The Real Thing
Did you ever notice that imitations just don’t substitute for the “real thing’. Take butter, sugar or coffee Just because you get use to margarine, Splenda, or decaffeinated doesn’t mean that you can’t tell the difference between real and the substitute. The classical music station on the radio filters through my house from breakfast until I leave late in the morning for work. The music sort of irons out the wrinkles as a bustle around making certain that, since my house is up for sale, I leave everything in good order. However, no land-mark recording of the world’s best orchestra nor or the world’s greatest musician can match a live quality performance for transporting one’s soul to a land beyond every day stress.
Last night, a performance of the Piano Quartet No. 1 in G minor, Op. 25, written when Brahms was 28, sent me over the moon. The musicians were all young professionals who study at Julliard or Curtis and who play all over the world. Not only had the work energy and drive, common to young players, it soared and softened in perfect rhythm. For the first time in many years, at the end, I yelled, “Bravo”, louder than anyone. I felt lighter than air.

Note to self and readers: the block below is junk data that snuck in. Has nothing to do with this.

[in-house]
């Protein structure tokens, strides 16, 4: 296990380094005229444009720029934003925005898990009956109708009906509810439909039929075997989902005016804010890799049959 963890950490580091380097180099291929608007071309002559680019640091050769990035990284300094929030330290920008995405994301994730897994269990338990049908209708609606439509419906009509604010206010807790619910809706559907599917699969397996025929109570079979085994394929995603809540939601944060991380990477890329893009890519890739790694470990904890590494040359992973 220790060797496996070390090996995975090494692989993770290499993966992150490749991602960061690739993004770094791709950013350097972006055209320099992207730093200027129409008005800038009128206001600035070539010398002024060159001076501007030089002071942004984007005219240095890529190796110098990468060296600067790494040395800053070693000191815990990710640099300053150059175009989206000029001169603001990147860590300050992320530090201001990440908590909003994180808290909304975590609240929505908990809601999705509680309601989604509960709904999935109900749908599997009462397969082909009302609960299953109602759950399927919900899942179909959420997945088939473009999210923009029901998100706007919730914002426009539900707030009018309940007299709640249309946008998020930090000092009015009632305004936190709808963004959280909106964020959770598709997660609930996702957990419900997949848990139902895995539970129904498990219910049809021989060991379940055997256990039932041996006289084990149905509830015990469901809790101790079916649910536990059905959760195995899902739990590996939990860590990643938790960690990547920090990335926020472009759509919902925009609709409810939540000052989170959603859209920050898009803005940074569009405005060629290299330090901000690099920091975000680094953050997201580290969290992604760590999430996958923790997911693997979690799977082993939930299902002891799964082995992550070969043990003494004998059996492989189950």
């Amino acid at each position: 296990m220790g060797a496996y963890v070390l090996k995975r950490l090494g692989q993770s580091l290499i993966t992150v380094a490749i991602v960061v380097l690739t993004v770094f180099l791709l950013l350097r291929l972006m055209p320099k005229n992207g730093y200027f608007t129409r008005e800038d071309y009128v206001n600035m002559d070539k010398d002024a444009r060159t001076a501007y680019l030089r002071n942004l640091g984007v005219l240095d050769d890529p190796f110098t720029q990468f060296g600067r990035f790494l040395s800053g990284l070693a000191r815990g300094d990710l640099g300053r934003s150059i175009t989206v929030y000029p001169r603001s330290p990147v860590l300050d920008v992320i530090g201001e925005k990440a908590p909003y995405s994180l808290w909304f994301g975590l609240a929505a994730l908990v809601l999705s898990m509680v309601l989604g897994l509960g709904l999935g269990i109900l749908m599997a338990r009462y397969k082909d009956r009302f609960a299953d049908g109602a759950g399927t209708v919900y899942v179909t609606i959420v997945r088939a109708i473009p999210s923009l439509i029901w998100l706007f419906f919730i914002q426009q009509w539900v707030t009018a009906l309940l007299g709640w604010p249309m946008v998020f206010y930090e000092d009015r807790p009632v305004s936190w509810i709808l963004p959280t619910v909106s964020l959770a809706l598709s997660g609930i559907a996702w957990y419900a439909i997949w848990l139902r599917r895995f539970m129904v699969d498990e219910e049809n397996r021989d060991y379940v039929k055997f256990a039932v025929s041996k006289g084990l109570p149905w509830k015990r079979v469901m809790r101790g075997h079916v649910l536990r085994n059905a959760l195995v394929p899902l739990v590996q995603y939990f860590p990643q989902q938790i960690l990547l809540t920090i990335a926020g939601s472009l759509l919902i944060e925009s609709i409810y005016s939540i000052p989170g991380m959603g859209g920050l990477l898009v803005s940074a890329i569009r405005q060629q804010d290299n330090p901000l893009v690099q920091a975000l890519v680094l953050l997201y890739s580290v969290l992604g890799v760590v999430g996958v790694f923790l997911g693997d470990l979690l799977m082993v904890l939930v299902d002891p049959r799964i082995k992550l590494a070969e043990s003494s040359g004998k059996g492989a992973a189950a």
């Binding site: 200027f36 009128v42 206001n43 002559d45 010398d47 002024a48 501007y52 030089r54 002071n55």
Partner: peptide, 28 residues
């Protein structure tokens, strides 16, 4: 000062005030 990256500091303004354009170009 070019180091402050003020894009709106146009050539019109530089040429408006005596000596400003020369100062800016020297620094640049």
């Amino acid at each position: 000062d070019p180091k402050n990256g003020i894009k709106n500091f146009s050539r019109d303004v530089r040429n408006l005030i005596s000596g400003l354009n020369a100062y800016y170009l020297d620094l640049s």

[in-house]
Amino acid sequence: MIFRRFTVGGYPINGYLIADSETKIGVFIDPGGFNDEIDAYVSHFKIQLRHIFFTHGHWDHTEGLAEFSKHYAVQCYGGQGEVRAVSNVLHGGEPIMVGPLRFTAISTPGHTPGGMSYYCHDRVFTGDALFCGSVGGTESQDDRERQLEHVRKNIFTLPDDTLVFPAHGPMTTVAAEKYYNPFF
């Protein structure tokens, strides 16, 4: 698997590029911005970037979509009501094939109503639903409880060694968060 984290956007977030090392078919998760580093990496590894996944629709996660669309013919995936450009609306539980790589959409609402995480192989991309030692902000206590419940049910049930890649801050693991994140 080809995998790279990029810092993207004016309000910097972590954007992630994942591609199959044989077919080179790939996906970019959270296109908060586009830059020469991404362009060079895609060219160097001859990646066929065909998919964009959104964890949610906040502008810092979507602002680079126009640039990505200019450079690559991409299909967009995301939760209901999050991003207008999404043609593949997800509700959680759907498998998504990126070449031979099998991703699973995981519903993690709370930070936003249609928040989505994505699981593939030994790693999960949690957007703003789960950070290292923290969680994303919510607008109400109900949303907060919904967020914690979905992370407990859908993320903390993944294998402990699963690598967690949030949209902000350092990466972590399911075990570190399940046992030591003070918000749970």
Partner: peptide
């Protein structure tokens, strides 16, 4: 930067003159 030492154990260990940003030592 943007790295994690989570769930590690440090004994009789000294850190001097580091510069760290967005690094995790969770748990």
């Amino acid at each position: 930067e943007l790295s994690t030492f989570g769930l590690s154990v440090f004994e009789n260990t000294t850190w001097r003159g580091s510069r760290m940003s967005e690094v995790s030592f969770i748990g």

Of course there is a down side to the “real thing”. We are so use to blood and guts and murder and mayhem coming into our living rooms on the news or in made for TV shows or films, that, other than a slight elevation in blood pressure, or a jaw-dropping, “I can’t believe that”, we often stifle a yawn and change channels. Earlier this week, I had another kind of “real thing” experience.
I traveled by bus with a group of senior citizens to a museum located on the grounds of the First Defense Airport which is located in Southern New Jersey. This was the airport where the first pilots in World War II began training. The museum housed memorabilia from that time in our nation’s history. Little did I know that the museum included items from the enemies in that war. It is one thing to see Nazi soldiers carrying Nazi flags, or throwing Nazi hand- grenades; it is another to see those real items from two feet away. I could handle the helmet and the hand-grenade. But, the swastika and the SS insignia sent chills up my spine and turned my heart to ice. Turning on my heel, I made my way to the exit, stepped outside and took a deep breath. Sometimes the “real thing” is just too real.